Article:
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I'm trying to prove that if $z,w \in \mathbb{C}$ then $\displaystyle\left|\frac{z}{w}\right| = \frac{|z|}{|w|}$ if $w \neq 0$.

Here is what I have: $$\left|\frac{z}{w}\right|^2=|zw^{-1}|^2 = (zw^{-1})\overline{(zw^{-1})} = \left(\frac{z}{w}\right)\left(\frac{\overline{z}}{\overline{w}}\right)=\frac{z\overline{z}}{w\overline{w}}=\frac{|z|^2}{|w|^2} \blacksquare$$

The text says that a proof can be obtained by applying (a): $$|zw|^2 = (zw)\overline{zw} = (zw)(\overline{z}\cdot\overline{w}) = z\overline{z}w\overline{w}=|z|^2|w|^2$$ to the product $\displaystyle\left(\frac{z}{w}\right)w$.

Is my proof okay and what exactly is the text asking me to do? I feel like the above mentioned product cancels out $w$ and leaves me with $z$ only.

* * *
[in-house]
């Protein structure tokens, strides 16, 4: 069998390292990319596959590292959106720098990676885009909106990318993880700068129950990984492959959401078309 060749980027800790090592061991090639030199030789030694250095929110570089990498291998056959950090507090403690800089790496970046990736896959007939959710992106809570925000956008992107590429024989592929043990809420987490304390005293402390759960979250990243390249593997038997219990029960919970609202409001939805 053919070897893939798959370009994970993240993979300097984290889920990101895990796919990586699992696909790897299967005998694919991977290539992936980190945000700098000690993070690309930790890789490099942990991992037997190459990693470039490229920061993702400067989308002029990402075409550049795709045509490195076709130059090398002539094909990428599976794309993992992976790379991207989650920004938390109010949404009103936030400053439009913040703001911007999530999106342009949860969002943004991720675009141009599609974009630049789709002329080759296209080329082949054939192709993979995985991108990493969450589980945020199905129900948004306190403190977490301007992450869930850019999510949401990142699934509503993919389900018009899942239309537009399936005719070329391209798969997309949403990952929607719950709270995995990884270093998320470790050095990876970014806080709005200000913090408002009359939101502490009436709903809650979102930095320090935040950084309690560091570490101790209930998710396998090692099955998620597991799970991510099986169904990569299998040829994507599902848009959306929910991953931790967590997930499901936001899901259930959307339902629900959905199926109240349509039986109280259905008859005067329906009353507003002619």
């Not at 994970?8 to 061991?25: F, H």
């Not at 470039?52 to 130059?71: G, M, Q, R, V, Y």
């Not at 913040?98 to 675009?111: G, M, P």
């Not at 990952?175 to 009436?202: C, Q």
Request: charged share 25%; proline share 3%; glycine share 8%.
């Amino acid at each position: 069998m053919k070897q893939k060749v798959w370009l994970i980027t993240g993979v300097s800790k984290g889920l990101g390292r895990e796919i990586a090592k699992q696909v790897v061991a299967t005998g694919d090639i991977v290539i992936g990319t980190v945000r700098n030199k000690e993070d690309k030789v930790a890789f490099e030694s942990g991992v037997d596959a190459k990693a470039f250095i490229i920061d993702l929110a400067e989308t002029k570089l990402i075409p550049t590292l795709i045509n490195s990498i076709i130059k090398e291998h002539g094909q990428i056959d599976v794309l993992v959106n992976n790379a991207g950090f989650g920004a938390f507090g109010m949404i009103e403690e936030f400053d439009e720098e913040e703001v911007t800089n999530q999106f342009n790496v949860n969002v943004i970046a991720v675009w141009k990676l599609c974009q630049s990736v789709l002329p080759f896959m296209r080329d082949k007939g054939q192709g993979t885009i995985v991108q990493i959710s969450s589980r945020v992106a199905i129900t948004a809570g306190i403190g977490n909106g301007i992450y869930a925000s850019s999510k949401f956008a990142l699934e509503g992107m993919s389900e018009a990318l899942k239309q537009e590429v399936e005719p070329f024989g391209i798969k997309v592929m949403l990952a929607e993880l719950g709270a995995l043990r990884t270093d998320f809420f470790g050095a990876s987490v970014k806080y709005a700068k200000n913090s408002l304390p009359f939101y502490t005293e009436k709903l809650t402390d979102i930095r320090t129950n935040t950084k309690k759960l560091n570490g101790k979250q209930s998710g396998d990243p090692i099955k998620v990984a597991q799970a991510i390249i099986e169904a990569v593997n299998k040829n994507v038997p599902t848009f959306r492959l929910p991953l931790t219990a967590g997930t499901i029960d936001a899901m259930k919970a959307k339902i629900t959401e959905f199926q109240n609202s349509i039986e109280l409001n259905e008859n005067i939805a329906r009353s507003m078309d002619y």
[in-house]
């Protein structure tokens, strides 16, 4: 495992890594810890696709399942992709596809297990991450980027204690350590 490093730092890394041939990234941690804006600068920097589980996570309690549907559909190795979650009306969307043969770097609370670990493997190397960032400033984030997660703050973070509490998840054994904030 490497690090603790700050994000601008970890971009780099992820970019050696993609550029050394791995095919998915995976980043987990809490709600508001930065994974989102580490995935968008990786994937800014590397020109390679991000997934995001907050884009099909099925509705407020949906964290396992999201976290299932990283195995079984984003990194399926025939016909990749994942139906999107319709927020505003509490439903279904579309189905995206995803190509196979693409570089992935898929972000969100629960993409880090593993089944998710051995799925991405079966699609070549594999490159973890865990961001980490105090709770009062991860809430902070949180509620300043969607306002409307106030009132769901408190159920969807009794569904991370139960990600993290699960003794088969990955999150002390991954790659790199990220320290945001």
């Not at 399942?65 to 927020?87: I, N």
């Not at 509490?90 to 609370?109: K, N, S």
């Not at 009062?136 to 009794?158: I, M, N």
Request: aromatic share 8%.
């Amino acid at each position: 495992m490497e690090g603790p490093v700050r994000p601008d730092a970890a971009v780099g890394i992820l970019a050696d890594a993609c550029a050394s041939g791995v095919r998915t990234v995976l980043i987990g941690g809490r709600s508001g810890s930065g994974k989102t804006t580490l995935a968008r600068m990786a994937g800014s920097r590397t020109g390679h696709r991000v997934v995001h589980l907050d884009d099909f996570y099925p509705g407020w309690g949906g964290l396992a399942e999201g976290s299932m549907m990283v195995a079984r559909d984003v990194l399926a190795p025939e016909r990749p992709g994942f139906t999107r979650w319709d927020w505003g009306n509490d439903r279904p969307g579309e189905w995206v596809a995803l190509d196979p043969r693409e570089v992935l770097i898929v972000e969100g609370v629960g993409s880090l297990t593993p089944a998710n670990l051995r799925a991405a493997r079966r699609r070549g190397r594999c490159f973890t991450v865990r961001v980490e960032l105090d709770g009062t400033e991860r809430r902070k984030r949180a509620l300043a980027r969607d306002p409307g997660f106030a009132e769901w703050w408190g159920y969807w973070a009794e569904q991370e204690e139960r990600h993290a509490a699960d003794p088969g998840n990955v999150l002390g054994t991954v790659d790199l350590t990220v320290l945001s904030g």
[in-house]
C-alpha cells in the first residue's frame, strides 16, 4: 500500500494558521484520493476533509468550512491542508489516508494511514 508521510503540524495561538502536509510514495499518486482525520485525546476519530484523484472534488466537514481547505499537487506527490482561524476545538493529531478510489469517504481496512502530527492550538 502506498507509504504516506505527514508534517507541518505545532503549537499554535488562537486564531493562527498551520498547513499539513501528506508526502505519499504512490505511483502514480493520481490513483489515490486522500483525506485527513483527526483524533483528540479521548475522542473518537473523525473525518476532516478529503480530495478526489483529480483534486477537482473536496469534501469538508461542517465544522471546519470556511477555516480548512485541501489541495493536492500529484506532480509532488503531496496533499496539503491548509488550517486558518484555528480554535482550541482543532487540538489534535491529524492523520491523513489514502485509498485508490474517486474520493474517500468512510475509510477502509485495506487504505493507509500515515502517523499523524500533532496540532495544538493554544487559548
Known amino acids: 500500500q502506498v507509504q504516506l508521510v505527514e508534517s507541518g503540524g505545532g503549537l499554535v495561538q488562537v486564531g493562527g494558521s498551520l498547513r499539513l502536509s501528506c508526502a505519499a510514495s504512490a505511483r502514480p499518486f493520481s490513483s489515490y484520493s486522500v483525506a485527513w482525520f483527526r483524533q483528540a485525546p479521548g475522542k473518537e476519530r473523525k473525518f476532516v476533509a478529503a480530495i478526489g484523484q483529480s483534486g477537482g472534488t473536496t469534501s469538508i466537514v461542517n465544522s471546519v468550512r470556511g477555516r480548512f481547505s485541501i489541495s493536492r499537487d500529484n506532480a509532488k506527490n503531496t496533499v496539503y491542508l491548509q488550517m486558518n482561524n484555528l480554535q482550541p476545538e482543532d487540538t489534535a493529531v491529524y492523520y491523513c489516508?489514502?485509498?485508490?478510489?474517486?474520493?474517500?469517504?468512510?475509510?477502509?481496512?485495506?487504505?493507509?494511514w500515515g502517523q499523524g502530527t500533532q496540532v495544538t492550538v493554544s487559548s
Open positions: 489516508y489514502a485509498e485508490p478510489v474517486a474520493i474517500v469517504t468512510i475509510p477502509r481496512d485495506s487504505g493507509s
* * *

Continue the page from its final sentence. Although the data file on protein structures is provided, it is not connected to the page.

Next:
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  • $\begingroup$ Your proof is okay (missing a square after first equal sign) but I dont know what other assumptions you're allowed to use. You probably could have skipped the whole negative-one power step. $\endgroup$ – David Peterson Aug 28 '16 at 23:10
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The argument intended by the text is this:

You get $|z|^2 = |\frac{z}{w}w|^2 = |\frac{z}{w}|^2 \ |w|^2$, and dividing by $|w|^2$ you get $\frac{|z|^2}{|w|^2} = |\frac{z}{w}|^2$.

But your argument is alright too (except for the missing square pointed out in a comment), if you can use those properties of complex conjugation.

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  • $\begingroup$ For this one I'm allowed to use those properties. $\endgroup$ – Trevor Mason Aug 28 '16 at 23:25
  • $\begingroup$ Then it's fine. I assume the author of the text just gave this solution as it leverages the earlier obtained result for the product, rather than to redo a similar argument from scratch. Yet both are valid approaches. $\endgroup$ – quid Aug 28 '16 at 23:28

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